In 2022, several CVCFers graduated from NUS and very few first-year students joined the CF in the new academic year, resulting in a smaller size fellowship group. Because of this, the committee decided to adjust the CF’s weekly programme by reducing the number of meetings. In the next academic year, there will also be a change in CVCF’s committee structure as there will only be two committee members compared to the usual five to seven.
The students’ workload includes but is not limited to, study requirements, internship demands, and church commitments as most of the CVCFers also take on leadership roles in their church. If CVCFers do not see the fellowship as a place of growth, CVCF may become just another ‘workload’.
Since CVCF has reduced in size, some students may serve out of obligation and/or guilt for the sake of the survival of the CF. Hence, it is common for students to question the meaning of service. Additionally, some students are feeling the absence of God in their own life. Hence areas like facing the hidden God and encountering doubts in our faith are key areas for pastoral care and discussion as these can be fertile ground for spiritual growth.
– Steve Lam, FES staff worker
Dual Perspectives: Where the World and the Gospel Collide
About 15 students attended the annual Chinese Work (CW) mission event themed 双声道：世界与福音的碰撞 (Dual Perspectives: Where the World and the Gospel Collide) on 18 March 2023 at Foochow Methodist Church. The purpose of this event is to help students understand the unique role they play in God’s plan for this age.
We began with a theme talk via Zoom by a podcaster, Brother Ricky Mao, who shared on “Studying in Babylon? – Finding a Sense of Purpose in the Burnout Society”. By exploring the collision of the world and the gospel, we were equipped with a deeper understanding of the cultural and spiritual content in which we live. From this talk, I learned that it is easy to get swept away with the world, but it is ultimately also our choice to choose whether or not we want to obey God.
In the afternoon, there were two workshops: “Explore Gender Inequality in Human-to-Human Talk” and 成功在望，我望什么？ Success is in sight, what am I looking for? (Redefining Success: Navigating the Reality of Unequal Opportunities). I went for the second workshop where we explored the complexities of success and how unequal opportunities can impact one’s ability to achieve it. Success can be seen from many perspectives, and the view we hold is largely determined by how we see success in our own eyes. However, one should also remember to consider the situations that people are in, to give thanks to God for everything, and to be grateful for the blessings that we have received in our lives. Through this event, I was enlightened to see other points of view that I was not aware of before. It was a good reminder to me of the importance of looking at things from God’s perspective and those of others, in whatever I do.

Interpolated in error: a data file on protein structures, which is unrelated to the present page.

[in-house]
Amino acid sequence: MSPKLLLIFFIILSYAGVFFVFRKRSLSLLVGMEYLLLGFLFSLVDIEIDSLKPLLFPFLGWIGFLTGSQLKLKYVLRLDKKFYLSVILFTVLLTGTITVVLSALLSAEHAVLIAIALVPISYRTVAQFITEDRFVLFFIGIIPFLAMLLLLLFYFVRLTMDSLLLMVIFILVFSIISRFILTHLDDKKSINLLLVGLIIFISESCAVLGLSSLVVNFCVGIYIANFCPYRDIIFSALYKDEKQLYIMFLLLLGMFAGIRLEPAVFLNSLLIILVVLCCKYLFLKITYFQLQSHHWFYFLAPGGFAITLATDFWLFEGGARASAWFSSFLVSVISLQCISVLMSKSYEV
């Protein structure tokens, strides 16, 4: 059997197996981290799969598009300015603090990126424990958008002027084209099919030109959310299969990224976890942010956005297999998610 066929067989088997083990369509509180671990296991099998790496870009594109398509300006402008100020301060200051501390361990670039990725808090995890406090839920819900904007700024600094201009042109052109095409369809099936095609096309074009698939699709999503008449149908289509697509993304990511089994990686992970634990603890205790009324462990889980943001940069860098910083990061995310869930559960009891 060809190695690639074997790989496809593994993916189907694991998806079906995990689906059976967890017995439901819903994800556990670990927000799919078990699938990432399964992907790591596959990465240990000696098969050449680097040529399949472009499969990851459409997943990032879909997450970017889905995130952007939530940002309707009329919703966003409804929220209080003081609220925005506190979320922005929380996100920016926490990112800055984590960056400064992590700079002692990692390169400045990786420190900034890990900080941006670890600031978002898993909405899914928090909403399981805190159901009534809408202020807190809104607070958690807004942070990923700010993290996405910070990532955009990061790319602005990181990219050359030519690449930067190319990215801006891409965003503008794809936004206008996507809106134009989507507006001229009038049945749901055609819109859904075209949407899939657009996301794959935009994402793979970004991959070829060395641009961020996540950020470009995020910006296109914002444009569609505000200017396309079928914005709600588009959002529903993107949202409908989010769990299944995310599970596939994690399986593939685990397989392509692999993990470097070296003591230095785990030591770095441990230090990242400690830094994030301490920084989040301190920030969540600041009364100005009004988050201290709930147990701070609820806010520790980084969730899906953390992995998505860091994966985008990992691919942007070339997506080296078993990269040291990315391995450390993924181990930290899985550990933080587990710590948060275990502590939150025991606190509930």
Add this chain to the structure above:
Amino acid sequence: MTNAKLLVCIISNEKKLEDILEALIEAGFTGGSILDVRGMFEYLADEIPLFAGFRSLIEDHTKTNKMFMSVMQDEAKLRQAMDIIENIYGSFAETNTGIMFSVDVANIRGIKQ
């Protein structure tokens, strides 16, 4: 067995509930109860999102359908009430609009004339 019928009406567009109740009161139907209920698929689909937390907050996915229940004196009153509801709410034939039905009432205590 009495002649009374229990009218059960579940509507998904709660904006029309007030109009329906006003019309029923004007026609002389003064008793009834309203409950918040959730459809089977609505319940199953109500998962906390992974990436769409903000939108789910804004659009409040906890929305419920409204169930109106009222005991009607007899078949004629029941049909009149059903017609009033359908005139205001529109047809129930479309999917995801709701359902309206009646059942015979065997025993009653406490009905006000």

– Ruth Wong Zhen Ting, Ngee Ann Polytechnic, Chemical, and Biomolecular Engineering, Year 3
“It sounded like staff work!”
I studied at James Cook University Singapore (JCUS) and graduated with a Bachelor of Psychological Science (Honours) in 2022. During my time at JCUS, I served in JCUS CF as the small group coordinator in 2019/2020 and president in 2020/2021.
In December 2020, I had dinner with my staff worker, Lim Jie, to thank him for supporting the CF through the COVID period and journeying with me. Lim Jie asked about my plans after graduation, and I shared that I hope to work with youths to develop their character and leadership. Lim Jie laughed and said that it sounded like staff work and asked if I had considered it. Initially, I did not think about it but I did not want to dismiss the idea without having a better understanding of what staff work entails. Hence, I decided to apply to join FES as a ministry intern (mintern) to find out more about what the work involves.
I joined FES as a mintern from June to December 2022. During that period, I was attached to NTU CF and NYP-TP CF, supporting their programmes, while participating in the larger poly team and public university events such as the combined Poly CF camp and SWAT camp. After seven months as a mintern, I grew to appreciate what FES aims to do amongst youths on campus and I wanted to be part of this ministry.
In January 2023, I joined FES as a full-time staff worker, serving at NTU CF (until the end of this academic year) and NYP-TP CF (main campus). I am also supporting the resources department in HR. I worship at Covenant Evangelical Free Church.
– Leal Tan, FES staff worker
Book Review: Understanding Life and Eternity
Understanding Life and Eternity: A Collection of Sermons
by Bobby E.K. Sng
Christians Assembly Hall (2022)
FES Library call number: 248 SNG
This two-volume collection* features sermons by Dr Bobby Sng which were originally Sunday pulpit messages delivered to his home church, the Wilkie Terrace Christian Assembly, during the course of approximately the last decade of his life.
Read the full book review here
*These two volumes are sold as a set at the Bible Resource Centre, 7 Armenian Street, Bible House, Singapore 179932 (Tel: 6337 3222) for SGD 20.00 before GST.